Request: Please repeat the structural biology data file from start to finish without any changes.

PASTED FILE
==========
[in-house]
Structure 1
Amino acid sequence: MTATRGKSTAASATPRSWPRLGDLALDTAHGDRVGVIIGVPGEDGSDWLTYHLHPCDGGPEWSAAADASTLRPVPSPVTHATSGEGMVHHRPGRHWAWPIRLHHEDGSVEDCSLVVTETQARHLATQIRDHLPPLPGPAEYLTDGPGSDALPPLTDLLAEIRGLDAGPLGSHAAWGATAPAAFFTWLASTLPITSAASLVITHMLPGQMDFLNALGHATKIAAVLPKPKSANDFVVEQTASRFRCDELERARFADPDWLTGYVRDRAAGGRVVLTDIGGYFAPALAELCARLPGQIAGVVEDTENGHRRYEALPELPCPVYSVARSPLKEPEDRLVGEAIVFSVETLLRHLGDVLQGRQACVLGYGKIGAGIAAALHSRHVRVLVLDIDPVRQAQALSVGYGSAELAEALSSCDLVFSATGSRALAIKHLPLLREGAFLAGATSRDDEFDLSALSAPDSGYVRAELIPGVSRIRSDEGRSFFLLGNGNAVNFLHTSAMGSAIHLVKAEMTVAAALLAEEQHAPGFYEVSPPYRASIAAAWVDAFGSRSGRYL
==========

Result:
[in-house]
Structure 1
Amino acid sequence: MTATRGKSTAASATPRSWPRLGDLALDTAHGDRVGVIIGVPGEDGSDWLTYHLHPCDGGPEWSAAADASTLRPVPSPVTHATSGEGMVHHRPGRHWAWPIRLHHEDGSVEDCSLVVTETQARHLATQIRDHLPPLPGPAEYLTDGPGSDALPPLTDLLAEIRGLDAGPLGSHAAWGATAPAAFFTWLASTLPITSAASLVITHMLPGQMDFLNALGHATKIAAVLPKPKSANDFVVEQTASRFRCDELERARFADPDWLTGYVRDRAAGGRVVLTDIGGYFAPALAELCARLPGQIAGVVEDTENGHRRYEALPELPCPVYSVARSPLKEPEDRLVGEAIVFSVETLLRHLGDVLQGRQACVLGYGKIGAGIAAALHSRHVRVLVLDIDPVRQAQALSVGYGSAELAEALSSCDLVFSATGSRALAIKHLPLLREGAFLAGATSRDDEFDLSALSAPDSGYVRAELIPGVSRIRSDEGRSFFLLGNGNAVNFLHTSAMGSAIHLVKAEMTVAAALLAEEQHAPGFYEVSPPYRASIAAAWVDAFGSRSGRYL